Simplifying security architecture and enhancing user experience

Zero Trust not only bolsters security but also streamlines organizational architectures, empowering security teams to respond to security events with agility. Through the consolidation of access for end-users, organizations can achieve a Zero Trust posture while ensuring a seamless user experience. The implementation of Secure Access Service Edge (SASE) or Zero Trust Network Access (ZTNA) architectures further augments user enablement, irrespective of device or location.

Adapting to remote work and cloud adoption

Amidst the paradigm shift towards remote work and cloud adoption, Zero Trust emerges as a beacon of resilience. By meticulously authenticating and continually verifying user identities, it mitigates the risks associated with decentralized environments. Also, its scalability ensures seamless connectivity for remote employees while safeguarding cloud infrastructures from unauthorized access.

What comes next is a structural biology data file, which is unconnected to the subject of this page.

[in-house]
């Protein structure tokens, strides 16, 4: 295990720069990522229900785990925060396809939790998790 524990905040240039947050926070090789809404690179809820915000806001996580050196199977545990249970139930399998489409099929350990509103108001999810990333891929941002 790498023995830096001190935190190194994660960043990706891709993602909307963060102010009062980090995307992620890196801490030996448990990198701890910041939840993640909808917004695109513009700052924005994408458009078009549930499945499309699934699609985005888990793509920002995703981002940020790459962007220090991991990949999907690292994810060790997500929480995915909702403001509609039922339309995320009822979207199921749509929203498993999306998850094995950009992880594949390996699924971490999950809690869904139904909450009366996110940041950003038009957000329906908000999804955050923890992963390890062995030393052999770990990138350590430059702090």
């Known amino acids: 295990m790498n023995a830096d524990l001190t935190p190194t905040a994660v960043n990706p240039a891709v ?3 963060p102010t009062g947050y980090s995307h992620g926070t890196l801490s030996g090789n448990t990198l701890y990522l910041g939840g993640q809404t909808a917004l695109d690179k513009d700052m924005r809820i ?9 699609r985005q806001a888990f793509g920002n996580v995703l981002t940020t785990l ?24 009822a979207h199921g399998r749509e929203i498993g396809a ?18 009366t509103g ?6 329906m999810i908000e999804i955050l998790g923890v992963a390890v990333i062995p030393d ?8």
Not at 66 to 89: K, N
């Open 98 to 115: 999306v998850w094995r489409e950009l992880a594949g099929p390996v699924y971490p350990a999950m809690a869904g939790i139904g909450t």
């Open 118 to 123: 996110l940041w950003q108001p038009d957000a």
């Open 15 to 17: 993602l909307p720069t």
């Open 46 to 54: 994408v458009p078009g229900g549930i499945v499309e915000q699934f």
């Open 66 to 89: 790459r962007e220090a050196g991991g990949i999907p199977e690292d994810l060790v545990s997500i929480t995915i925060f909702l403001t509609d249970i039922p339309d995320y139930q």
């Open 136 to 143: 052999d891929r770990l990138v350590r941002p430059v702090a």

Zero Trust Drawbacks

Scope of the initiative

One of the primary challenges in implementing Zero Trust lies in the vast scope of the initiative. Organizations must navigate a multitude of systems, applications, and data repositories, a task that often spans years. Prioritization becomes paramount to prevent overwhelm, with many organizations opting to start with specific use cases before gradually expanding their Zero Trust footprint.

Need for a strong identity system

Central to the efficacy of Zero Trust is a powerfully built identity system, a cornerstone in authentication and authorization processes. Identity and Access Management (IAM) tools play a pivotal role in verifying user and device identities, yet they remain prime targets for malicious actors. The resilience of an organization’s identity system directly influences the success of its Zero Trust implementation, underscoring the need for stringent security measures.

Remaining security risks